"It's the law.
Take the case of Casey's. The operator of 1,474 convenience stores located in Iowa and 6 other states agreed on May 8th to a $12.1 million settlement with regard to two class-action lawsuits concerning overtime pay.
It was two years ago this month that the Iowa-based chain was sued by two assistant managers alleging their employer failed to pay them overtime owed to them, even after persistent complaints.
Eight months later the chain was sued a second time by cooks and cashiers for alleged violations involving the denial of mandatory meal and rest breaks. The January, 2008 lawsuit also alleged that employees were asked to perform tasks prior to their scheduled shifts beginning and after their scheduled shifts had ended.
Both cases sought class-action status, representing approximately 76,000 current and former non-management employs, together with about 7,800 current and former assistant managers.
The settlement will cost Casey's $11.7 million divided amongst the plaintiffs, class members and their lawyers—together with about $400,000 in 'related settlement expenses.'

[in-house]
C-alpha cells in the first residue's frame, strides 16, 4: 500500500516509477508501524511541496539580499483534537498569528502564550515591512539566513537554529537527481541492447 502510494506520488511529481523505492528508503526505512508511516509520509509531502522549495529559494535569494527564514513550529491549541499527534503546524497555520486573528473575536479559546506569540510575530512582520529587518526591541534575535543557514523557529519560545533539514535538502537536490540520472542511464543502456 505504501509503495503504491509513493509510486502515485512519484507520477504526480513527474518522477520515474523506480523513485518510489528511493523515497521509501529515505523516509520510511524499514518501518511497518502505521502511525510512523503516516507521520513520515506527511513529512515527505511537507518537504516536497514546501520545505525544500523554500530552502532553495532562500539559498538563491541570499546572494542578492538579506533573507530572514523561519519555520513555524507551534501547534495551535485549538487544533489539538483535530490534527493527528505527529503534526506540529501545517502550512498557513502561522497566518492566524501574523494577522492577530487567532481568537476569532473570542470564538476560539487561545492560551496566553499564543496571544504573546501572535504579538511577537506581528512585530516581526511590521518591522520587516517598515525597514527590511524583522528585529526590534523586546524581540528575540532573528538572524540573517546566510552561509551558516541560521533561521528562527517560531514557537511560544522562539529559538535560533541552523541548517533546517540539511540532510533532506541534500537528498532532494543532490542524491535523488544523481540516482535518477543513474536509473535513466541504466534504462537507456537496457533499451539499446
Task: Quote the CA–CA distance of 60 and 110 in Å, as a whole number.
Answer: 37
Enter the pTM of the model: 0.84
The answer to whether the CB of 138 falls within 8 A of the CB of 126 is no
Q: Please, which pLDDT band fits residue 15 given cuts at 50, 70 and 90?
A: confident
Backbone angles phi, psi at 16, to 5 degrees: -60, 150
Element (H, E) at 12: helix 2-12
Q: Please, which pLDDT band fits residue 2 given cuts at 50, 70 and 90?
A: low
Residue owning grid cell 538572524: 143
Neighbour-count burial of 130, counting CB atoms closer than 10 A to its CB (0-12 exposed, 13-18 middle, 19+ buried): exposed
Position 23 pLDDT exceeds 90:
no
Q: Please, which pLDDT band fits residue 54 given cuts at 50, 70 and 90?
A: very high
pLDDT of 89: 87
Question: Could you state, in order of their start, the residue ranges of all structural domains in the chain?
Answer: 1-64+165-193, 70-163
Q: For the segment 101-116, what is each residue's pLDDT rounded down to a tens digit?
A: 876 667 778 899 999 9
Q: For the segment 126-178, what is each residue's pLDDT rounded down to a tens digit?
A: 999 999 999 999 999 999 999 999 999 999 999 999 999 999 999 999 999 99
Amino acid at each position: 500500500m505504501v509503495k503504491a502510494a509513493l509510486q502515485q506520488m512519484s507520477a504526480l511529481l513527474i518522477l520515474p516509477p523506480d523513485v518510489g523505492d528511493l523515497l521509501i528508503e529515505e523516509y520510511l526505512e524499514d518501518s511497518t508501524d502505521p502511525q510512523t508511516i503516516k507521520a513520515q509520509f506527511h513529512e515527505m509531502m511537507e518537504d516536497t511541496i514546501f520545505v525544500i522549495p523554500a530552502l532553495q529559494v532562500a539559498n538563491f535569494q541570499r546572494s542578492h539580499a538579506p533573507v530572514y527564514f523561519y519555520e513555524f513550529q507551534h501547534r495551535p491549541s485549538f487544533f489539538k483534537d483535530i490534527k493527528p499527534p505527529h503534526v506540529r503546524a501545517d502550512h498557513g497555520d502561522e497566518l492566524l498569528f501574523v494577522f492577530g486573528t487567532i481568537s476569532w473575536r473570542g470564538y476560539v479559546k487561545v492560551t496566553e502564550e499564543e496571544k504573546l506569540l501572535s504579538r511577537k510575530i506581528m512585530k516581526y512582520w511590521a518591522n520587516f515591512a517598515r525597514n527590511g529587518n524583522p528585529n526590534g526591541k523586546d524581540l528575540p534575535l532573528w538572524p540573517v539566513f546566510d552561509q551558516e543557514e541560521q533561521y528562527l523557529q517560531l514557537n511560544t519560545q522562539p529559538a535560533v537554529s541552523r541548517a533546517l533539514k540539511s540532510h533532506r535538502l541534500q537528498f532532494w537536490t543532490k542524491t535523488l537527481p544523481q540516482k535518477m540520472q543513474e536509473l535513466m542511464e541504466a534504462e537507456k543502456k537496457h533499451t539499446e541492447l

The Casey's case is but one example of a large-scale dispute. Compare that to the $115,056 in back wages that will be paid to dog handlers at Honolulu International Airport.
The award is for unpaid overtime as required under the Fair Labor Standards Act. Akal Security Inc. is a company based in New Mexico that provides federally certified explosive-detection dog handlers for the international airport in Honolulu.
The US Department of Labor investigated an allegation of unpaid overtime, and "(our) investigation determined that Akal Security failed to pay seven K-9 handlers for their at-home care of the specially trained work dogs," said Susana Rincon, district director for the Labor Department's Wage and Hour Division in San Francisco, in a statement. "In addition to the recovered back wages, the employer has paid a civil money penalty of $1,540 for repeat violation of the federal overtime requirements."
The Fair Labor Standards Act requires covered, nonexempt employees to be paid at least the federal minimum wage of $6.55 per hour for all hours worked, plus time-and-one-half their regular rates of pay for hours worked beyond 40 in a week.
READ MORE UNPAID OVERTIME LEGAL NEWS
In the case of the dog handlers, their charges need to be fed, exercised and cared for in other ways. That can be costly. Thus the argument is that if you take your work home with you—even if your work is a four-legged animal requiring companionship, care and attention—you should be paid overtime.
Just two examples of how an unpaid overtime lawyer helped the employees of two companies, collect their due.